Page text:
CVS, the leading US drug chain by sales, announced that it had stopped selling tobacco products and was changing its name to reflect a greater focus on health.
CVS - which operates some 7,700 pharmacies - said on Wednesday that it had ended the sale of cigarettes, pipe tobacco and other products a month earlier than expected, cutting out a profit stream competitors like Walgreens will continue to enjoy.
"The sale of tobacco in a retail pharmacy conflicts with the purpose of the health care services delivered there," said CVS chief medical officer Troyen Brennan.
"Even more important, there is evidence developing that indicates that removing tobacco products from retailers with pharmacies will lead to substantially lower rates of smoking, with implications for reducing tobacco-related deaths."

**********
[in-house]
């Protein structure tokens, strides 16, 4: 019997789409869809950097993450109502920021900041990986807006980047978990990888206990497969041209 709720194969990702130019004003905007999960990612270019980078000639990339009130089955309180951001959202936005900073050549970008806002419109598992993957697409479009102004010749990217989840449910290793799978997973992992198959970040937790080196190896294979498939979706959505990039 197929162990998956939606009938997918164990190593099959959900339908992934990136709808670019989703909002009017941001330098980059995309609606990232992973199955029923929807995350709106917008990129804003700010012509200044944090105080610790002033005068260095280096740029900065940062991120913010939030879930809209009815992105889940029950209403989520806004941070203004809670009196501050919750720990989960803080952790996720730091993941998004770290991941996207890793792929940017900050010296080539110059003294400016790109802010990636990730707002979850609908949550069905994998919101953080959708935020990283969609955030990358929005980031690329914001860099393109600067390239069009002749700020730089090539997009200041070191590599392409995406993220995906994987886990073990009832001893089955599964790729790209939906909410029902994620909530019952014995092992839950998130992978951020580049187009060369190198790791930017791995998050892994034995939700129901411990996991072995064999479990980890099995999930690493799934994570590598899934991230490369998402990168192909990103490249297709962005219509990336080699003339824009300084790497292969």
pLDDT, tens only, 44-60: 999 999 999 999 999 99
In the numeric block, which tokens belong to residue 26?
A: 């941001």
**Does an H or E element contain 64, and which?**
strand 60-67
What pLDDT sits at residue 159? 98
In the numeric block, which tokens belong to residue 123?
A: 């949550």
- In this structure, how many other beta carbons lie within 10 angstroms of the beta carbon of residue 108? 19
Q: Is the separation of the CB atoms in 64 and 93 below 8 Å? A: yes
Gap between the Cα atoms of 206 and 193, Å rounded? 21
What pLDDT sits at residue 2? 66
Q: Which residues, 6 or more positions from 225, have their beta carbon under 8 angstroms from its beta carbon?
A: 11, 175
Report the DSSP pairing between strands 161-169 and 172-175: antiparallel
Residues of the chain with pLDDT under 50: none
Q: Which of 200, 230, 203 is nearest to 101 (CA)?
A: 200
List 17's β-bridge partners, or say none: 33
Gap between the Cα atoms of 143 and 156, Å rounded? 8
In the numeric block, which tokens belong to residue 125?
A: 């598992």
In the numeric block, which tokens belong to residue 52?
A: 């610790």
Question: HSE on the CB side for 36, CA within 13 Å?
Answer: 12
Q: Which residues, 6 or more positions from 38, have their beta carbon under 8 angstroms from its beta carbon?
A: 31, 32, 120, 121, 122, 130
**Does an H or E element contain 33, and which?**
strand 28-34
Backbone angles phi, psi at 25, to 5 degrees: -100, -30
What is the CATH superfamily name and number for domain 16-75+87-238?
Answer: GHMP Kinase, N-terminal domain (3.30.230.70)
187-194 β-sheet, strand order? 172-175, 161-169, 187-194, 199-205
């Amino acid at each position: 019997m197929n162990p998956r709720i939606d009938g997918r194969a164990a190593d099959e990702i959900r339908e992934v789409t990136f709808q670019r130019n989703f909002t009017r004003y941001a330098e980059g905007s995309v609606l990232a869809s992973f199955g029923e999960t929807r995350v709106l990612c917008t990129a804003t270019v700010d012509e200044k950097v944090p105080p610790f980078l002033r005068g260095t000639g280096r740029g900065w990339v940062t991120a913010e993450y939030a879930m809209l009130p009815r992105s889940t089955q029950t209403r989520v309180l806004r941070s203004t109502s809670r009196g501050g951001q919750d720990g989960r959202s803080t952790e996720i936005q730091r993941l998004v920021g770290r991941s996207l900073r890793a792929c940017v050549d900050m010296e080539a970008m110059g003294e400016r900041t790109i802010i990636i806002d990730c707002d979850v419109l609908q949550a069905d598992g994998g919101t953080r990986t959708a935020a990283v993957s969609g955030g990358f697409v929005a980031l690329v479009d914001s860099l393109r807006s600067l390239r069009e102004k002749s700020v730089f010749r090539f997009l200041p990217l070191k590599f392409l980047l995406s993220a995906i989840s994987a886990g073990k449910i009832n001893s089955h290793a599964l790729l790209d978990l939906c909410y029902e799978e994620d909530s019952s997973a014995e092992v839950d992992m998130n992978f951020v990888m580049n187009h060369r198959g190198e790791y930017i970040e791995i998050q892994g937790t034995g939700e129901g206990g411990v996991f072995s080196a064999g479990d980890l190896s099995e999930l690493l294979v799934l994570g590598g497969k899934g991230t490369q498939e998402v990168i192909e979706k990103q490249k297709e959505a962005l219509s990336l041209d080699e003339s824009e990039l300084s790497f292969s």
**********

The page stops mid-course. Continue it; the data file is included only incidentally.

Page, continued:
At the same time, the company - with US$127 billion in revenue last year, including US$65 billion from prescriptions - announced a formal name change from CVS Caremark to CVS Health.
"For our patients and customers, health is everything and CVS Health is changing the way health care is delivered to increase access, lower costs and improve quality," said company president and chief executive Larry Merlo.
CVS was cheered by the White House as "setting a powerful example that we hope others in the industry will follow".
First lady Michelle Obama tweeted: "Congratulations and thank you, CVS Health. Creating a healthier future for our next generation is one good reason to live tobacco-free."
Democratic Senator Dick Durbin hailed the decision as one that could "help prevent kids from ever starting a deadly habit".